June 11 (Bloomberg) -- The U.S. Energy Department is spending more than $10 million to deploy software that will improve the efficiency of electrical grids.
The agency is investing in six projects in five states -- California, Hawaii, Missouri, North Carolina and Washington -- to implement software that improves synchrophasor technology to monitor power grids, according to an e-mailed statement today. Synchrophasors measure voltage and frequency on grids.
Peak Reliability will receive $3.9 million to develop automated control systems, the largest award. Pacific Gas & Electric Co. was awarded $2.9 million to improve its synchrophasor software and Burns & McDonnell Engineering Co. is getting $1.4 million to develop monitoring software. Other recipients include Electric Power Group and Hawaiian Electric Co.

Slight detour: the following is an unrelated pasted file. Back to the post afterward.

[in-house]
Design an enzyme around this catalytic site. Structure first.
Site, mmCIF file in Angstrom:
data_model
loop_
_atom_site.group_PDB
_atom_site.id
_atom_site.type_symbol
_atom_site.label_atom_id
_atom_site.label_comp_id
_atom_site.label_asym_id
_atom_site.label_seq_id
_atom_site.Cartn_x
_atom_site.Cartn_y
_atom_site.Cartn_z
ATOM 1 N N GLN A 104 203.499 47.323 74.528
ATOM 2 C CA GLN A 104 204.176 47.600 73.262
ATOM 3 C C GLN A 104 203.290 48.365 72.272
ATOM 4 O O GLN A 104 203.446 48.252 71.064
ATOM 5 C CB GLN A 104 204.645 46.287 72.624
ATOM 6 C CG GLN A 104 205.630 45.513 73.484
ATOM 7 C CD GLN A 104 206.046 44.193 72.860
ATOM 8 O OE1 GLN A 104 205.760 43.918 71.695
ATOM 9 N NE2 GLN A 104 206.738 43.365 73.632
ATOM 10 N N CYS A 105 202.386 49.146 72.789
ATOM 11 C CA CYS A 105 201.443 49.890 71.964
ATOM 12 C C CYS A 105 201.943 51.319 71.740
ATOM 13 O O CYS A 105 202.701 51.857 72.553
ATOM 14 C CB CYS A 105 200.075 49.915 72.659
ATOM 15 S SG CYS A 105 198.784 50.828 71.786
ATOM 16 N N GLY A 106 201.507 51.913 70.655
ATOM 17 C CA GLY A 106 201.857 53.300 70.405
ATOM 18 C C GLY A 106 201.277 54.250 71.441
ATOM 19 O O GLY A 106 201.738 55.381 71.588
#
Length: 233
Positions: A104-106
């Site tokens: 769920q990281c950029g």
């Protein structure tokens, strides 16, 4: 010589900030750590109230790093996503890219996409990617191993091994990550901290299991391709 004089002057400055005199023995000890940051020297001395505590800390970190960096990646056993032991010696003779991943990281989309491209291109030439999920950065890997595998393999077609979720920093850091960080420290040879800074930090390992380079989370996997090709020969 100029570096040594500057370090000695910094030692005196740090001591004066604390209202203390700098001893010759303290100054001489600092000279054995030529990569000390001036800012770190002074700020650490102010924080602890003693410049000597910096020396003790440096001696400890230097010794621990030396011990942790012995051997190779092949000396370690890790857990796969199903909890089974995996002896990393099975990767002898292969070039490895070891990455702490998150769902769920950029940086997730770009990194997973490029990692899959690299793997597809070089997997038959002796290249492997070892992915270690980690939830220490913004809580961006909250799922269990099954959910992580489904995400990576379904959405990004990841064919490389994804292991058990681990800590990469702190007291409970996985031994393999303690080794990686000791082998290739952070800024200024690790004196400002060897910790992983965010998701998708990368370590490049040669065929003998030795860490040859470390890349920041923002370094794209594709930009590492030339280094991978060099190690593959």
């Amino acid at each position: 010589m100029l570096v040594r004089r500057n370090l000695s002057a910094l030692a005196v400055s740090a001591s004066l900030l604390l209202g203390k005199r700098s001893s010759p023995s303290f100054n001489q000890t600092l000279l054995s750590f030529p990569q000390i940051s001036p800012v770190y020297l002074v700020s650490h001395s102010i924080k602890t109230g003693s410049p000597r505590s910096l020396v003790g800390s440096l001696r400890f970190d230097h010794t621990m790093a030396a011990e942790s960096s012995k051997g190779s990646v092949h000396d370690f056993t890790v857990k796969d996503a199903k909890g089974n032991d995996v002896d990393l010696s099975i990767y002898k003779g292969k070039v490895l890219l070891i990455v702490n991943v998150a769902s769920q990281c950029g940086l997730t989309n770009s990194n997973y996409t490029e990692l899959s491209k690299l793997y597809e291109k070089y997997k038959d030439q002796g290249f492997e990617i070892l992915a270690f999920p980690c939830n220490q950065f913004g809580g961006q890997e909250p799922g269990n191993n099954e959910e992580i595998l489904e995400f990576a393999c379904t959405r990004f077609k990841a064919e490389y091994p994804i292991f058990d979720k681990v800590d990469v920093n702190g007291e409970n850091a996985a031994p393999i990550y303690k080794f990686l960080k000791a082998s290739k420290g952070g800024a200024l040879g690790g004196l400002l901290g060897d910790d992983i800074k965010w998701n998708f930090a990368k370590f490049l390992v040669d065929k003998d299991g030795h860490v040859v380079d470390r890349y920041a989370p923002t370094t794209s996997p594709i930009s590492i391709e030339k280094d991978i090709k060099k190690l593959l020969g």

“By partnering with utilities and software developers, the Energy Department can help the U.S. electric industry maintain more reliable and resilient power systems,” Patricia Hoffman, assistant secretary for the Energy Department’s Office of Electricity Delivery & Energy Reliability, said in the statement.
There are about 1,700 synchrophasors connected to the U.S. power grid, compared with 200 in 2009.
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